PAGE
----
fifteen hundred copies of the Citizen to
our friends in this county. A widely cir
culated newspaper is tho most convenient
way of giviug information of any kind.
Send in your names, gentlemen, and give
us a trial. See terms on first page.
The NCVH from our Armies.
It is more than likely, that there will
not be much activity in cither the army of
the Potomac, or Cumberland, for sonic
months to come, as winter has fairly set in,
! and campaigning at this season is very
I scvero, and not always profitable. They
will both likely go into winter quarters.—
Beside the continuous interest felt in the
progress of operations at Charleston, it is
quite likely that North Carolina and Tex
as, whose climate is more congenial tojwin
tcr campaigns, will occupy the attention of
the nation through the coming winter.—
Gen. Butler in the former, and Banks in
tho latter, will doubtlcas make their mark
bcferc the opening of spring.
Tlie Exchange of I'rlwoners.
We are sorry to observe a disposition
among a certain class of newspapers, to
embrace every opportunity for censuring
our Government, and thus indirectly jus
tifying the rebels. A striking instance of
this is observed in reference to the ques
tion of the exchange of prisoners—they
claiming that our Government is responsi
ble for the failure of our agents to procure
the exchange of prisoners ; and that the
consequent sufferings of that unfortunate
class now confined in tho various prisous
about Richmond. To all such, and those
persons who read and believe their false
charges, wc would recconmiend the able
and lengthy letter written to the New
York Times, by Gen. Hitchcock, whose
business it has been to supervise the ex
change of prisoners.
Wc are only prevented by the want of
space, from giving it to our readers in full.
In it the General uses tho following lan
guage, in reference to colored troops and
their officers : •" But it is a most signifi
cant fact that, in no single instance has
the smallest evidence came to light tend
ing to show that any officer connected with
colored li-oops, has been captured alive,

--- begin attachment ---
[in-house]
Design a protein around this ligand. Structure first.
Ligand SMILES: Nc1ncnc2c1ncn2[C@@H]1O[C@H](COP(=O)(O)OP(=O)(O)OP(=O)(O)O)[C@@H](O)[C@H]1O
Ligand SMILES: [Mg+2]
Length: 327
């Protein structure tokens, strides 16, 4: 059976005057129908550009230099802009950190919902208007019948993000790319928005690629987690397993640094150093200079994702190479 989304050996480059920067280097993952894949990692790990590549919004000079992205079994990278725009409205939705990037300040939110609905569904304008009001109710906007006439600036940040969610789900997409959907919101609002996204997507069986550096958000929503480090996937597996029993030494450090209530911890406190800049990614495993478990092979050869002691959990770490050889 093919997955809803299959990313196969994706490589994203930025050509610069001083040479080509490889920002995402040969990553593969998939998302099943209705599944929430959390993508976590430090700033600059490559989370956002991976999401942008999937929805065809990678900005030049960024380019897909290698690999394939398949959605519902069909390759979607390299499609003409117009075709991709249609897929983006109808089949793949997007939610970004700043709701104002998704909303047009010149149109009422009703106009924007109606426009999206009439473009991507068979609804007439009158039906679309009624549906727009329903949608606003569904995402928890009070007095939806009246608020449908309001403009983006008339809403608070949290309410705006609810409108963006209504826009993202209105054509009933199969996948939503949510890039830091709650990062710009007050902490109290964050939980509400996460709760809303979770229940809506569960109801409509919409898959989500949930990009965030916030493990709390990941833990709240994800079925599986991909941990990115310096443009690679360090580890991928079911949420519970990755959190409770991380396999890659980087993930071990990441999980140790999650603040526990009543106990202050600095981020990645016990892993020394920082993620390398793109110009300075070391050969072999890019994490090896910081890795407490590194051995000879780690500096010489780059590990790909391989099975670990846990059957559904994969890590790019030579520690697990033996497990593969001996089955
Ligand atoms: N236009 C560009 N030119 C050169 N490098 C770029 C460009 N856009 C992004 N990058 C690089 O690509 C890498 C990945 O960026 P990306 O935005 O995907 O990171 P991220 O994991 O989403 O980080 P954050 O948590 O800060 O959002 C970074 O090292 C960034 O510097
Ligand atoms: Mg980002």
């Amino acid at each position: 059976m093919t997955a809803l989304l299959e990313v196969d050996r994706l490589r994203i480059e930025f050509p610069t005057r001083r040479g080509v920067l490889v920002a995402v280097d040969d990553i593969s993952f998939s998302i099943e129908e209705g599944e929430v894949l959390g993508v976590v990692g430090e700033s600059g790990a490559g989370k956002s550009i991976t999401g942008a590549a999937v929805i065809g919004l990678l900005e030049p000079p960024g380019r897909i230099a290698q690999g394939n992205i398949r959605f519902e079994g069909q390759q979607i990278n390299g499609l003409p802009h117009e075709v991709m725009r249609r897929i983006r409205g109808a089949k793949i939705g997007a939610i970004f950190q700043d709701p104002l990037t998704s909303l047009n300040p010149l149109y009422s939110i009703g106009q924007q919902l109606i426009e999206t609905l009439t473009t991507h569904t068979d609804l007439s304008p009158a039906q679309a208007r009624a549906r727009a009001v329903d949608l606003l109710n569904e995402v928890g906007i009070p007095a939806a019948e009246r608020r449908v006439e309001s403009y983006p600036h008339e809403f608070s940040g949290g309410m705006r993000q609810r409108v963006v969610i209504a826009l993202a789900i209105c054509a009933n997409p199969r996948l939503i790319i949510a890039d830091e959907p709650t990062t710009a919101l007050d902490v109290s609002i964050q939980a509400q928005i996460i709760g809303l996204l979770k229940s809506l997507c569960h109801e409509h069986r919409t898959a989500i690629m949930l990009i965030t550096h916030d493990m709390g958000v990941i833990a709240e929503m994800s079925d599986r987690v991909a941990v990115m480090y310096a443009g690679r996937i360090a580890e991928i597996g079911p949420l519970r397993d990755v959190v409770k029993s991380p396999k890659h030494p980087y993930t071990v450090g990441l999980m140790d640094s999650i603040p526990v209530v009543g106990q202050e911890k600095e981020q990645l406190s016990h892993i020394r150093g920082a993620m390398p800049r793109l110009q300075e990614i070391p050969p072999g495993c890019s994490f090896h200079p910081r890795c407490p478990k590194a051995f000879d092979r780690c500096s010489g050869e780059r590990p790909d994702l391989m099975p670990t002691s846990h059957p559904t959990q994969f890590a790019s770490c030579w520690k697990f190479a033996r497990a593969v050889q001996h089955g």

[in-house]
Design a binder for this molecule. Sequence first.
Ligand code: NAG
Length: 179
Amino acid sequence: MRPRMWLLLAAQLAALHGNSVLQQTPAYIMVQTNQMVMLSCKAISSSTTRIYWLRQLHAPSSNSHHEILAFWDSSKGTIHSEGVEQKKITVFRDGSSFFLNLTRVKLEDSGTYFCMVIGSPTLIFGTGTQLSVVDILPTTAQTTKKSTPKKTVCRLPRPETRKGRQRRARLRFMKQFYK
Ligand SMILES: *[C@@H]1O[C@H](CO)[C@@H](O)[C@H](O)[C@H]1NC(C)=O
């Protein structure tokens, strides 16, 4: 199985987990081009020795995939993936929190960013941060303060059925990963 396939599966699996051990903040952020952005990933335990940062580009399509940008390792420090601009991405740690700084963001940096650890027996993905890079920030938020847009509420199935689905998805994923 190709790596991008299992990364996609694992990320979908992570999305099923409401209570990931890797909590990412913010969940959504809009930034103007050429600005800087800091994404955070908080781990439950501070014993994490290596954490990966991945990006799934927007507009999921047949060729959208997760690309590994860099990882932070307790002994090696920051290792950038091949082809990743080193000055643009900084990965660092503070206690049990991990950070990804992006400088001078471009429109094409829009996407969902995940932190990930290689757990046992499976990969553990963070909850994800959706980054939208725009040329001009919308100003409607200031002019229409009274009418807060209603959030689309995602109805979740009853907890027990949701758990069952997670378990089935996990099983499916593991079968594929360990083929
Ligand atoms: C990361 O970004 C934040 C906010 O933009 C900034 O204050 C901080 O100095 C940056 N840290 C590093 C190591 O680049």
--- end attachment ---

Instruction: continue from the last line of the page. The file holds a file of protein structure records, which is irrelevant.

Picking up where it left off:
and held in the South as a prisoner of
war; uor has any colored man, employed
as a soldier of the United States, been
captured in the South and accounted for
as a prisoner of war."
"To any reasonable man.this glaring fact
might be sufficient to show the vile pur
pose of the rebel authorities to counte
nance, if tlicy have not directly ordered
the destruction of this class of troops,
whenever and wherever they unhappily
fall into their power."
But, although the Government is pledg
ed to protect all its soldiers, yet, it is clear
that this is not the cause of the delay in
the exchange of prisoners. Wo lurther
quote :
" It has been supposed, even in many
parts of the North, that the proposition of
Mr. Ould, of the 20th of October, for an
exchange of prisoners is fair, and ought
to be accepted ; but it does not appear to be
considered that Mr. Ould has not proposed
to yield to us a certain number of prison
ers of war and receive a like number in
return, which would be a happpy consu
mmation that would be at once accepted by
this Government."
"But his proposition is thatweshall de
liver to him all the prisoners now in our
possession, amounting to about 40,000
men, and receive in return about 18,000
men, having about 27,000 who might be
for a few days, considered on parole,
not to take up arras unless duly exchang
ed ; and then what would Mr. Ould do
with these men?"
"Judging by what he has acto&lly re
eently done, he would undoubtedly irmmft
to discharge these men from
under their parole, and put
field to fight against X atiou^^^^^^^J
men upon bloody battle-fields within the
last few months."
"To show the extreme probability of this,
it is only necessary to refer to a few facta,
beginning with the statement of Mr. Ould
to Gen. Meredith, officially communica
ted to me, that lie, Mr. Ould, would pro
ceed to make declarations whenever he
could conscientiously feel the right to do so,
for th<i purpose of putting men into the
field—thus openly setting aside the cartel
and usages of war, in favor of his individ
ual sense of right—-which sense of right,
in Mr. Ould, is so obtuse and wild, as to
justify him in making use of a ' tabular
statement,' of alleged captures principal
ly in the western States, amounting to over
18,000 men, a considerable portion of
whom were undoubtedly captured by